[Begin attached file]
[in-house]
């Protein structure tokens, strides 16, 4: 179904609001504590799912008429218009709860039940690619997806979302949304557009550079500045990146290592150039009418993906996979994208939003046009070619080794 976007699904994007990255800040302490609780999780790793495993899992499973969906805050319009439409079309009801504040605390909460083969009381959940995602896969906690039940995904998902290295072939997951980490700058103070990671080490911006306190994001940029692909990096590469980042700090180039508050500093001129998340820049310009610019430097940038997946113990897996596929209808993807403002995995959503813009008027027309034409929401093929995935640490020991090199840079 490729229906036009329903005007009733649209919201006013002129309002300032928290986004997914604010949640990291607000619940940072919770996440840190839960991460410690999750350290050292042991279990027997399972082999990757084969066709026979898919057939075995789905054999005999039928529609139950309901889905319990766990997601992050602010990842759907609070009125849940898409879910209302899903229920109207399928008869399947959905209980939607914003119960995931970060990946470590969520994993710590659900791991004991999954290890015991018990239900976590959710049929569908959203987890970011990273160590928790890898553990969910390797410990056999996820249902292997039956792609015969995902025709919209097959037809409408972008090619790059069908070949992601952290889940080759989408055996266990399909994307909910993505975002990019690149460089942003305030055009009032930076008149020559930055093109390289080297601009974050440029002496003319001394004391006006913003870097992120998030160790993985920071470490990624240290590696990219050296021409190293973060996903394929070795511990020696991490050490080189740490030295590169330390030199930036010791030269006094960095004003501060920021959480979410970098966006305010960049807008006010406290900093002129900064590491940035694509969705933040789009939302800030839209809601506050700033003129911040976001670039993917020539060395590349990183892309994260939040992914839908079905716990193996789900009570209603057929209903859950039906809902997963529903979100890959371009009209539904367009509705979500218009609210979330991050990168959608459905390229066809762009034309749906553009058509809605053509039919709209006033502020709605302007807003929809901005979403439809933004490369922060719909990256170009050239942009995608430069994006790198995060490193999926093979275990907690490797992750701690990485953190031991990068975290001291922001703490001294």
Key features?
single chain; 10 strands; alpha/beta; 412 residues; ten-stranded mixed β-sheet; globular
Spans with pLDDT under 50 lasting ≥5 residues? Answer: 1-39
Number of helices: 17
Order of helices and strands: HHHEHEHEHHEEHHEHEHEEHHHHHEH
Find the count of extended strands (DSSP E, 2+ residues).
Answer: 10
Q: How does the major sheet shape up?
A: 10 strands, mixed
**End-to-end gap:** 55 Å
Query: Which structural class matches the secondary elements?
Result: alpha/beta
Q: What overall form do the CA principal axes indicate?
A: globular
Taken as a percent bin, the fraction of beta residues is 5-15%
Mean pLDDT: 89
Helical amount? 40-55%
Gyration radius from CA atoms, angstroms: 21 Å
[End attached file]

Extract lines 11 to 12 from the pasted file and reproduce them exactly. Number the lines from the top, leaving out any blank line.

A: 10 strands, mixed
**End-to-end gap:** 55 Å